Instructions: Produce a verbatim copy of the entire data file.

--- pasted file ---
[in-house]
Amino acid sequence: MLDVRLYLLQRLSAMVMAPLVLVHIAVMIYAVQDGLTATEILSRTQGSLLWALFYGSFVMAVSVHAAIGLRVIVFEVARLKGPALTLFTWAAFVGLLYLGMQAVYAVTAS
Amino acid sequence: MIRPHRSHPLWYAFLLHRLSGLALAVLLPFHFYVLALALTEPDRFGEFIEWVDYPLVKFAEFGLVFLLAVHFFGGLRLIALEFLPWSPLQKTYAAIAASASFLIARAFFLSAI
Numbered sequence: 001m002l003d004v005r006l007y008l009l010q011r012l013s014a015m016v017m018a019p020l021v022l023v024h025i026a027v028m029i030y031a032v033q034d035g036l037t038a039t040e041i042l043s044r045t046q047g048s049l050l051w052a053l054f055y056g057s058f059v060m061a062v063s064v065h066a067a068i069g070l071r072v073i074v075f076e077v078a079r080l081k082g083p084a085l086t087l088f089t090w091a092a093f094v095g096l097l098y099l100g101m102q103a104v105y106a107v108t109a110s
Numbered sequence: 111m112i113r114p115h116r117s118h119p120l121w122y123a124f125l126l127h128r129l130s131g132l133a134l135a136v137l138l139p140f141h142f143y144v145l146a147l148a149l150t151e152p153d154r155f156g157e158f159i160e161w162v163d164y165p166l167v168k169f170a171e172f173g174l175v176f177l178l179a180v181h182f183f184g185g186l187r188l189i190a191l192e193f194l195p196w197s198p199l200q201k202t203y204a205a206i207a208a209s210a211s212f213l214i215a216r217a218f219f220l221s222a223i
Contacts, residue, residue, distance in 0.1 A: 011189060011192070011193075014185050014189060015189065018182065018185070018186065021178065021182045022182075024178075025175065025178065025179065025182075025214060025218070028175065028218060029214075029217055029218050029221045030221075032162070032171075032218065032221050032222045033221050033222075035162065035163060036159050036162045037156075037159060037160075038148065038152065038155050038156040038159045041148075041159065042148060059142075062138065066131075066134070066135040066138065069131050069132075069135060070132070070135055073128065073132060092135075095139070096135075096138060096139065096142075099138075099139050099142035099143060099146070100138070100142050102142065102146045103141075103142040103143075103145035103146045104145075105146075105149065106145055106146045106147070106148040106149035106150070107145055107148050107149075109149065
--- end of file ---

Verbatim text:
[in-house]
Amino acid sequence: MLDVRLYLLQRLSAMVMAPLVLVHIAVMIYAVQDGLTATEILSRTQGSLLWALFYGSFVMAVSVHAAIGLRVIVFEVARLKGPALTLFTWAAFVGLLYLGMQAVYAVTAS
Amino acid sequence: MIRPHRSHPLWYAFLLHRLSGLALAVLLPFHFYVLALALTEPDRFGEFIEWVDYPLVKFAEFGLVFLLAVHFFGGLRLIALEFLPWSPLQKTYAAIAASASFLIARAFFLSAI
Numbered sequence: 001m002l003d004v005r006l007y008l009l010q011r012l013s014a015m016v017m018a019p020l021v022l023v024h025i026a027v028m029i030y031a032v033q034d035g036l037t038a039t040e041i042l043s044r045t046q047g048s049l050l051w052a053l054f055y056g057s058f059v060m061a062v063s064v065h066a067a068i069g070l071r072v073i074v075f076e077v078a079r080l081k082g083p084a085l086t087l088f089t090w091a092a093f094v095g096l097l098y099l100g101m102q103a104v105y106a107v108t109a110s
Numbered sequence: 111m112i113r114p115h116r117s118h119p120l121w122y123a124f125l126l127h128r129l130s131g132l133a134l135a136v137l138l139p140f141h142f143y144v145l146a147l148a149l150t151e152p153d154r155f156g157e158f159i160e161w162v163d164y165p166l167v168k169f170a171e172f173g174l175v176f177l178l179a180v181h182f183f184g185g186l187r188l189i190a191l192e193f194l195p196w197s198p199l200q201k202t203y204a205a206i207a208a209s210a211s212f213l214i215a216r217a218f219f220l221s222a223i
Contacts, residue, residue, distance in 0.1 A: 011189060011192070011193075014185050014189060015189065018182065018185070018186065021178065021182045022182075024178075025175065025178065025179065025182075025214060025218070028175065028218060029214075029217055029218050029221045030221075032162070032171075032218065032221050032222045033221050033222075035162065035163060036159050036162045037156075037159060037160075038148065038152065038155050038156040038159045041148075041159065042148060059142075062138065066131075066134070066135040066138065069131050069132075069135060070132070070135055073128065073132060092135075095139070096135075096138060096139065096142075099138075099139050099142035099143060099146070100138070100142050102142065102146045103141075103142040103143075103145035103146045104145075105146075105149065106145055106146045106147070106148040106149035106150070107145055107148050107149075109149065